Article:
RNA viruses are an excellent place for us to go while allowing us to demonstrate the platform’s utility against anything that uses RNA to replicate itself. You could envision going from viruses to somatic disease, directly targeting the RNA. But before you can dream that big, it’s important to demonstrate that you can do what you think you can do with the technology. That’s the advantage of going after viruses is for us. We can target those directly, and they’re transient.

We will target respiratory viruses because one of the most substantial issues with all of these technologies, whether it’s Cas-based or oligo-based, it all boils down to a problem of delivery. We have to be able to get the thing to the cell that it needs to be in. Going after respiratory viruses allows us to do that very directly. We can go straight into the lungs of people. That’s where the virus is, and we can target it directly. Doing that leads to any number of things, but we’ve got to start somewhere. The respiratory viruses are interesting because they’re accessible. Also, people over the last two years have become very familiar with the concept of respiratory viruses and the impact they can have on human life.

Myhrvold: This all started a while back when I gave a talk, and some venture capitalists in the audience were interested in my work. I had a series of conversations with them, resulting in seed funding from venture capital. That’s enough to support the work that we’re doing and is enough to get to this next milestone of using the platform in an in vivo system. Once we get there, we will raise a much larger round to take this to the next level. But we want to stay as focused as we can in these early stages. We’re trying to be light on our feet and nimble.

GEN Edge: What delivery system will Carver use to deliver the Cas13-based system?

Carver Biosciences CEO and co-founder Walter Strapps, PhD

Strapps: We don’t know for sure what we’re going to do. There’s a lot of work we need to do within this space. But our strong desire would be to use a non-viral delivery method. People are very familiar with adeno-associated virus (AAV) as a delivery system. But I think people at this point are also much more familiar with the lipid nanoparticles (LNPs). That’s what the mRNA vaccines from Pfizer-BioNTech and Moderna used, and it’s what Intellia used to do their liver directive programs for Cas9.

We’ll be looking at LNPs and other chemically formulated particles that we are more interested in for delivery than the virus-based methods. LNPs for respiratory viruses have lagged behind the liver in terms of delivery. However, over the last decade or so, a lot of work has gone into LNPs for delivery to the respiratory ecosystem.

GEN Edge: What are the immediate tasks for Carver to tackle to get off the ground?

Strapps: We’ve spent the last few months working scientifically to figure out what it is that we’re going to do. First, we have to recapitulate some of my co-founder’s work in his post-doc and then expand upon that. Most of the work he did used plasmids to express the components: the Cas13 and the guide RNAs (gRNA). That’s great for demonstrating the activity, but it’s not practical for a therapeutic. For a therapeutic, what you could do is to take those same components and turn the Cas13 into a messenger RNA analogous to the vaccines, chemically synthesize the gRNAs, and then formulate those things together into a particle that will then be delivered into the relevant cell that in an actual human being.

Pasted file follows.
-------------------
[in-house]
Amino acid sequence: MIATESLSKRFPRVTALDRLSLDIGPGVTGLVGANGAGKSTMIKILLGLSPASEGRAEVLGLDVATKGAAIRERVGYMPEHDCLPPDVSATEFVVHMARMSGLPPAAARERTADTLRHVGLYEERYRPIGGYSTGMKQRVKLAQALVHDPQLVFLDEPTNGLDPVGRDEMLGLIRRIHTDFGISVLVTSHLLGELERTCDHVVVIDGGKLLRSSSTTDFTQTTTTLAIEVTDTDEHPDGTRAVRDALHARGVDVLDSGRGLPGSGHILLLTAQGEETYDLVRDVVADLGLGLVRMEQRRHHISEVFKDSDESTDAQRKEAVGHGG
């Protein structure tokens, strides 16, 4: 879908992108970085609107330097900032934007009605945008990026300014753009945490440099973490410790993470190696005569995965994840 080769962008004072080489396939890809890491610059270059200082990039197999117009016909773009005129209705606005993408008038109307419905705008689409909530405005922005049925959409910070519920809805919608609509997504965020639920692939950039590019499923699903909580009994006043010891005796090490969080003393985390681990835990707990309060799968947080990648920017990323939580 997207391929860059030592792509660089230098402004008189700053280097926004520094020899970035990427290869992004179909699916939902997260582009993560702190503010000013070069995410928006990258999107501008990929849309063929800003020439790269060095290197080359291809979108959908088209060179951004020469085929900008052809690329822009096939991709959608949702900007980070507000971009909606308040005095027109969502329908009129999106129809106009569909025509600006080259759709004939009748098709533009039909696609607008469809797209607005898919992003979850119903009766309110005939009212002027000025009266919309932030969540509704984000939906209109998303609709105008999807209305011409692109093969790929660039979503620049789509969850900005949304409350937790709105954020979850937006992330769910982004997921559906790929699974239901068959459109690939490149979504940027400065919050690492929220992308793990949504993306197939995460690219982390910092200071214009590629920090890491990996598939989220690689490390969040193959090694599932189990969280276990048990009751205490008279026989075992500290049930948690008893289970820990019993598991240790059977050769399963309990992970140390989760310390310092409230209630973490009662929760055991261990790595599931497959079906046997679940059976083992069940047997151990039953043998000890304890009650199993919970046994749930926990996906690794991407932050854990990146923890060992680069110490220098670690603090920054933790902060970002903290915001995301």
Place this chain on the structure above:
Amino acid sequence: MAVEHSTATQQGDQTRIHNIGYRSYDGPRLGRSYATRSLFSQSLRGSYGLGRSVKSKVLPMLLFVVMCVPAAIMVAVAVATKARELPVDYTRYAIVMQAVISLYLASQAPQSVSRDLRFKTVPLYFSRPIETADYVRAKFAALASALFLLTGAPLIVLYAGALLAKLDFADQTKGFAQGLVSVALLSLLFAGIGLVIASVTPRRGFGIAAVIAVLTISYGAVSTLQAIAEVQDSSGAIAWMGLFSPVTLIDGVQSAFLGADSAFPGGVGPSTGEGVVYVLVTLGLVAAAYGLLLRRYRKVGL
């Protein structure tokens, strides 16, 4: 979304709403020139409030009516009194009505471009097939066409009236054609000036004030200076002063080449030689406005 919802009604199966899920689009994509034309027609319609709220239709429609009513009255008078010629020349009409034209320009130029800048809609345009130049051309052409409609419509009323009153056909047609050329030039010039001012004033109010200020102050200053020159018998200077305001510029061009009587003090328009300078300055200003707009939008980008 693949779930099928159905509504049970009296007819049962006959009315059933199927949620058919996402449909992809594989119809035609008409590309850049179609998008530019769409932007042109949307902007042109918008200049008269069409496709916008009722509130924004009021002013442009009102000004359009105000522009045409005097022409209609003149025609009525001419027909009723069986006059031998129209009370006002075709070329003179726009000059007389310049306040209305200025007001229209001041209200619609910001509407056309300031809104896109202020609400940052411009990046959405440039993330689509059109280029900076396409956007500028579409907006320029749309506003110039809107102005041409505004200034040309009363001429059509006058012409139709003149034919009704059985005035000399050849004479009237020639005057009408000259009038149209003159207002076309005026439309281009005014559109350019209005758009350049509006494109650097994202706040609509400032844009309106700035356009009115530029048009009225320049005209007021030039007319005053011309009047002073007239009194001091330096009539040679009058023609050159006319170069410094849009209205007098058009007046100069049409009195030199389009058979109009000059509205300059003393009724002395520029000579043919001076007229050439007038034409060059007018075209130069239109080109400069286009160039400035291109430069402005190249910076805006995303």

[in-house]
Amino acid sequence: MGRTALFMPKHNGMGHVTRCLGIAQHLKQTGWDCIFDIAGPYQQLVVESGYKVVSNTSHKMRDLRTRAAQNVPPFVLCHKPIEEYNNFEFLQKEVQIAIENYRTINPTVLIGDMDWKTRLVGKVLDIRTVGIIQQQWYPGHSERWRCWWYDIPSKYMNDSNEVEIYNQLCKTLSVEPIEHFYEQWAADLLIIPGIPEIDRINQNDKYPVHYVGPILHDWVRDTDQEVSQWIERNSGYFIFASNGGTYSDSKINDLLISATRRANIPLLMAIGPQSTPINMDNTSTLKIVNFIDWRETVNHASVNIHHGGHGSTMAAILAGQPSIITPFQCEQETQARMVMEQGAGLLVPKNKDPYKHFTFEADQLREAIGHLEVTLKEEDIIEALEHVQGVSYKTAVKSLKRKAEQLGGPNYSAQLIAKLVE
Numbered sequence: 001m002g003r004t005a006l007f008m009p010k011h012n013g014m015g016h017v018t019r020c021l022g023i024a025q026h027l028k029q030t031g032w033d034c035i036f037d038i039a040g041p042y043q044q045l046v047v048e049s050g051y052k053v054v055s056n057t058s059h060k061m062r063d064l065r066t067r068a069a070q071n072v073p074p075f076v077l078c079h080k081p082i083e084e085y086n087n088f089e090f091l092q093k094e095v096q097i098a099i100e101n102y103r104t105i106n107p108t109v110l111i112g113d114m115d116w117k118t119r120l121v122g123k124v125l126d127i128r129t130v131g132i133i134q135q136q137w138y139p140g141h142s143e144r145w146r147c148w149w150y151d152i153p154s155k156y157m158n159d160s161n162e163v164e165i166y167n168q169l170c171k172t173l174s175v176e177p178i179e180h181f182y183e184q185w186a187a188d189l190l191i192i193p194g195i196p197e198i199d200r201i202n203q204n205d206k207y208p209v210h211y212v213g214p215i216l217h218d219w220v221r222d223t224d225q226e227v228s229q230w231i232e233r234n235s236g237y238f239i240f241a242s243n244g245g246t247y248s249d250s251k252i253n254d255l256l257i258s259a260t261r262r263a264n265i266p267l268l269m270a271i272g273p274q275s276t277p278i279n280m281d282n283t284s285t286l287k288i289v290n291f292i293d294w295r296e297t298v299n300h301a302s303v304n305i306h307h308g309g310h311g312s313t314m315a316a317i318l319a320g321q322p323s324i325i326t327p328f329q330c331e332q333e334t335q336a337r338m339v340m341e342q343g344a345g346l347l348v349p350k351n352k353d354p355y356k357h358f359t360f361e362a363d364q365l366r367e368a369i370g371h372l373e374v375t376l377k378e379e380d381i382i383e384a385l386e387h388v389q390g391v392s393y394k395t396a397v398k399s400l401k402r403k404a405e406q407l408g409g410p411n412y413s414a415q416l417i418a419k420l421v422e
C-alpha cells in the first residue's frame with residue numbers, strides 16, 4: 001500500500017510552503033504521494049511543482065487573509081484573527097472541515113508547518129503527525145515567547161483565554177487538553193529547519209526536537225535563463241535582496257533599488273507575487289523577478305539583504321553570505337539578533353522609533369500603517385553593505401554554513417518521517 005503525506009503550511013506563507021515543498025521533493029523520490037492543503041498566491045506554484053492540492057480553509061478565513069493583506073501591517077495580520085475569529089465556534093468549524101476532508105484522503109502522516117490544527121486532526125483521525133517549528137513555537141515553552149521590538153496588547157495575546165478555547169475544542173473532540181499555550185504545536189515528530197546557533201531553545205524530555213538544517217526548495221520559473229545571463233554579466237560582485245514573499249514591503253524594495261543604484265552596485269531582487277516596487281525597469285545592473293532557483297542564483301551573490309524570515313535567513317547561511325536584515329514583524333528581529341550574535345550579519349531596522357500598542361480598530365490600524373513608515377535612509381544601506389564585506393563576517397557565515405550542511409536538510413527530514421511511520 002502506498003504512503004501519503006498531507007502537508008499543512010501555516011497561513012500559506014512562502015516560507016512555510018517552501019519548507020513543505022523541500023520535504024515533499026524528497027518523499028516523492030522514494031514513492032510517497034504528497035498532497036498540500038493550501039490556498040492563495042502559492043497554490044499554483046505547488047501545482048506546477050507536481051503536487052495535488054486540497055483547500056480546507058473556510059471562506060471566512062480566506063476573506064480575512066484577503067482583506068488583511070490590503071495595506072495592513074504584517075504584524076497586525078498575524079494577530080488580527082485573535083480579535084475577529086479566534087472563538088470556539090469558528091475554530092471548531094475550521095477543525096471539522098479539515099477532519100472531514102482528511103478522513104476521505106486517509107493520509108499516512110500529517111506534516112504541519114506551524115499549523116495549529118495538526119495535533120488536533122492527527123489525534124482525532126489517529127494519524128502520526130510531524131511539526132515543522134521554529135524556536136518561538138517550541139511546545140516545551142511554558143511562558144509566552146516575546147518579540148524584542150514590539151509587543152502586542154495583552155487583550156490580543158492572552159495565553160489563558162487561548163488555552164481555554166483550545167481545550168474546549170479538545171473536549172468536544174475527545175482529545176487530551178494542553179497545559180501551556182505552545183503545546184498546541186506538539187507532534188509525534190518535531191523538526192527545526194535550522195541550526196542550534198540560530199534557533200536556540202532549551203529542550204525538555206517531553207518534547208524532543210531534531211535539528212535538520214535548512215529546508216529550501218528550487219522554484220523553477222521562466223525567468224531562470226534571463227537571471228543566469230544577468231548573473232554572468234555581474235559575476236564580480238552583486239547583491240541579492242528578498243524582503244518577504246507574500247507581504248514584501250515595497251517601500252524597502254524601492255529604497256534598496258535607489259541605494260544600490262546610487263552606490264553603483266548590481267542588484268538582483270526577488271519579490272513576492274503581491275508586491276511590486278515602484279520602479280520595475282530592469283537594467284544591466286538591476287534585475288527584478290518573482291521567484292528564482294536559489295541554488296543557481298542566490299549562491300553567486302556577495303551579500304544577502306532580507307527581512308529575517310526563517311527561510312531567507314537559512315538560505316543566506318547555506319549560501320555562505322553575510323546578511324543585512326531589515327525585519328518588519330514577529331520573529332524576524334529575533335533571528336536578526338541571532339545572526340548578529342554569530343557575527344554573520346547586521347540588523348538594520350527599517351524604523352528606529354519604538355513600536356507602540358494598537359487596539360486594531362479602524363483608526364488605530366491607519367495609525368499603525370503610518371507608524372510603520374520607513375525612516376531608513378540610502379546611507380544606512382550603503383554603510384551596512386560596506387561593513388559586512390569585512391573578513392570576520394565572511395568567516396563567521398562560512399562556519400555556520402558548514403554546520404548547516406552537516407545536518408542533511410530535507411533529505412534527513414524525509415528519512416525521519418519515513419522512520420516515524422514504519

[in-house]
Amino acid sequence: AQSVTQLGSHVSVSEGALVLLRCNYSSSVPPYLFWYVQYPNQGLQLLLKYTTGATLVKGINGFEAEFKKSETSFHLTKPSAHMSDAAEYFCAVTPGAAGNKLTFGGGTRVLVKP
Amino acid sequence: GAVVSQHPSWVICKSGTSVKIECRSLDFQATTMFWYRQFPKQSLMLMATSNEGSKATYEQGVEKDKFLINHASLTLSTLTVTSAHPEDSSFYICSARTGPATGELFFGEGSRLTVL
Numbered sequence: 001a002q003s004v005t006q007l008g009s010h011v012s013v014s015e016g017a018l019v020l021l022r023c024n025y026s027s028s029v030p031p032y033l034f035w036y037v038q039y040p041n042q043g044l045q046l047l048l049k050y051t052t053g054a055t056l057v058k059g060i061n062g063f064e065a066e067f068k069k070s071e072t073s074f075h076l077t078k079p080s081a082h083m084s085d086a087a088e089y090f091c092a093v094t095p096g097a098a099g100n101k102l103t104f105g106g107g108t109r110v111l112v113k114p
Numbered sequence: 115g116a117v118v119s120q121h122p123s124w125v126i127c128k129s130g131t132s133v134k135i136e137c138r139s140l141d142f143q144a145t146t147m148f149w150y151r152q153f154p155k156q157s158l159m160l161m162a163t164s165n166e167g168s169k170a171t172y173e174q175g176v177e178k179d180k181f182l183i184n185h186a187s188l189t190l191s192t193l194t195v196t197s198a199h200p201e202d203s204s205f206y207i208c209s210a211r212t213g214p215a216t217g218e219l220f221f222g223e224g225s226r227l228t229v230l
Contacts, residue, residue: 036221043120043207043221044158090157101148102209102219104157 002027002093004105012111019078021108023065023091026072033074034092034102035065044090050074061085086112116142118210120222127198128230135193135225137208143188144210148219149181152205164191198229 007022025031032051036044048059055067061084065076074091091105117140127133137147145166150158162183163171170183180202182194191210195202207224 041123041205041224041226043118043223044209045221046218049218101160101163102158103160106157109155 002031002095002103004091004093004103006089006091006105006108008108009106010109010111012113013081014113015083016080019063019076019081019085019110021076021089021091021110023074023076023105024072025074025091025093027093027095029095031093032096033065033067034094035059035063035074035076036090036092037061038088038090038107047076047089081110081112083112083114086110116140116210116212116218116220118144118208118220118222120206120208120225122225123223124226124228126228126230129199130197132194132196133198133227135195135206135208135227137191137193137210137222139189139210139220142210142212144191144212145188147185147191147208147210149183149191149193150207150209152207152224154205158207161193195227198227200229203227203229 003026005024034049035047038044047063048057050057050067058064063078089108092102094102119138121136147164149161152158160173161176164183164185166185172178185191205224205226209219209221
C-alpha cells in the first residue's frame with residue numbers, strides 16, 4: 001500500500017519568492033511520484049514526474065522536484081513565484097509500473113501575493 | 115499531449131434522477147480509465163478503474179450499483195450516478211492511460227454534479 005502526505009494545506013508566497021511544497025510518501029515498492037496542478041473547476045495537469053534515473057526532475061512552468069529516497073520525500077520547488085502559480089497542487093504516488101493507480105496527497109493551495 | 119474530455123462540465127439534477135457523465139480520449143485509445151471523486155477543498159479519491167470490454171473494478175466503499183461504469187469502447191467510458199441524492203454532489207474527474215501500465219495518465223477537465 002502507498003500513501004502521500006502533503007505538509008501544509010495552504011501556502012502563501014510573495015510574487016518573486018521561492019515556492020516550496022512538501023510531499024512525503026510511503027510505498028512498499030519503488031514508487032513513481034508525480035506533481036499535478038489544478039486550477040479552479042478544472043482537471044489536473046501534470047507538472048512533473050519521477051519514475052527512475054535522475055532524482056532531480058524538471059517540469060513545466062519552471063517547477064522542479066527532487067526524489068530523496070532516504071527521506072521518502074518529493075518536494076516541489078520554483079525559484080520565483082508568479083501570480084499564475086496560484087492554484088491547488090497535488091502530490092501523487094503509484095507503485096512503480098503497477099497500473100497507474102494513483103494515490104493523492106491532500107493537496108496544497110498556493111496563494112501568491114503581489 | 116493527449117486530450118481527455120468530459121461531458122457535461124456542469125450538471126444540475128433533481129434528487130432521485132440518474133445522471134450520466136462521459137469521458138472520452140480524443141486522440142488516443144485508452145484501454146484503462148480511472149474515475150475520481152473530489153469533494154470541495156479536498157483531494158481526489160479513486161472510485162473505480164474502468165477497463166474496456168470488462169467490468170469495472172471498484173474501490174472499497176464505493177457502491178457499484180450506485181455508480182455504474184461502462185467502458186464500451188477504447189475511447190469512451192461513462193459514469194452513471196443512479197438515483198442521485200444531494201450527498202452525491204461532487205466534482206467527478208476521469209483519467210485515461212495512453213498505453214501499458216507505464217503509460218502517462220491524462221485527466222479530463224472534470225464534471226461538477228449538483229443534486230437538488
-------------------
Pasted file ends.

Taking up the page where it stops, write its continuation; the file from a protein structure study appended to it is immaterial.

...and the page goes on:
But before that, we have to do in vivo disease models. Employee number one will essentially be getting that up and going while figuring out how easy or hard that is to do. We’ve got to demonstrate that the Cas13 system can target the flu virus in vivo. A mouse is excellent for that introductory model system. Once we’ve shown that, we’ve got to move into a larger organism that is an accepted model within the field, the ferret. From there, we will have to tackle the scaling problem of making enough clean material. That isn’t often planned for in companies of our stage, but you’ve got to be ready for it. If you’re going to go into a human being, you need to be able to make a lot of material that is of high quality. That’s what we’ve got to do to prepare for clinical trials. A lot of work needs to go into each of those milestones.

There is a prodigious amount of work that has nothing to do with science in setting up a company! Getting space, employees, and capital is competitive. We know what we need to do so we can go out and make a convincing case for a Series A funding round. People need to know who we are when we go out there and start having those conversations. We are helped a lot by having the people backing us in our seed round. One of our advisors is Intellia’s [former] leader and founder, Nessan Bermingham.

There’s a critical mass in Boston, where we are based. Physically finding space to set up laboratories is difficult. It’s a very challenging environment for hiring people. It was always a challenge, even before the pandemic. Since the pandemic, it’s just become even that much greater. It’s an employee’s market. People have a lot of opportunities. We’ve got to spend our time figuring out how to do all that. Generally, the first employees you hire are your network employees who you’ve worked with before. That’s what we’ve done here. Employee #1 is someone that I’ve worked with extensively over the last decade or so. But it’s a lot of little logistic pieces to get things set up, like contracting and the ability to pay bills. That’s the nuts and bolts of setting up a company.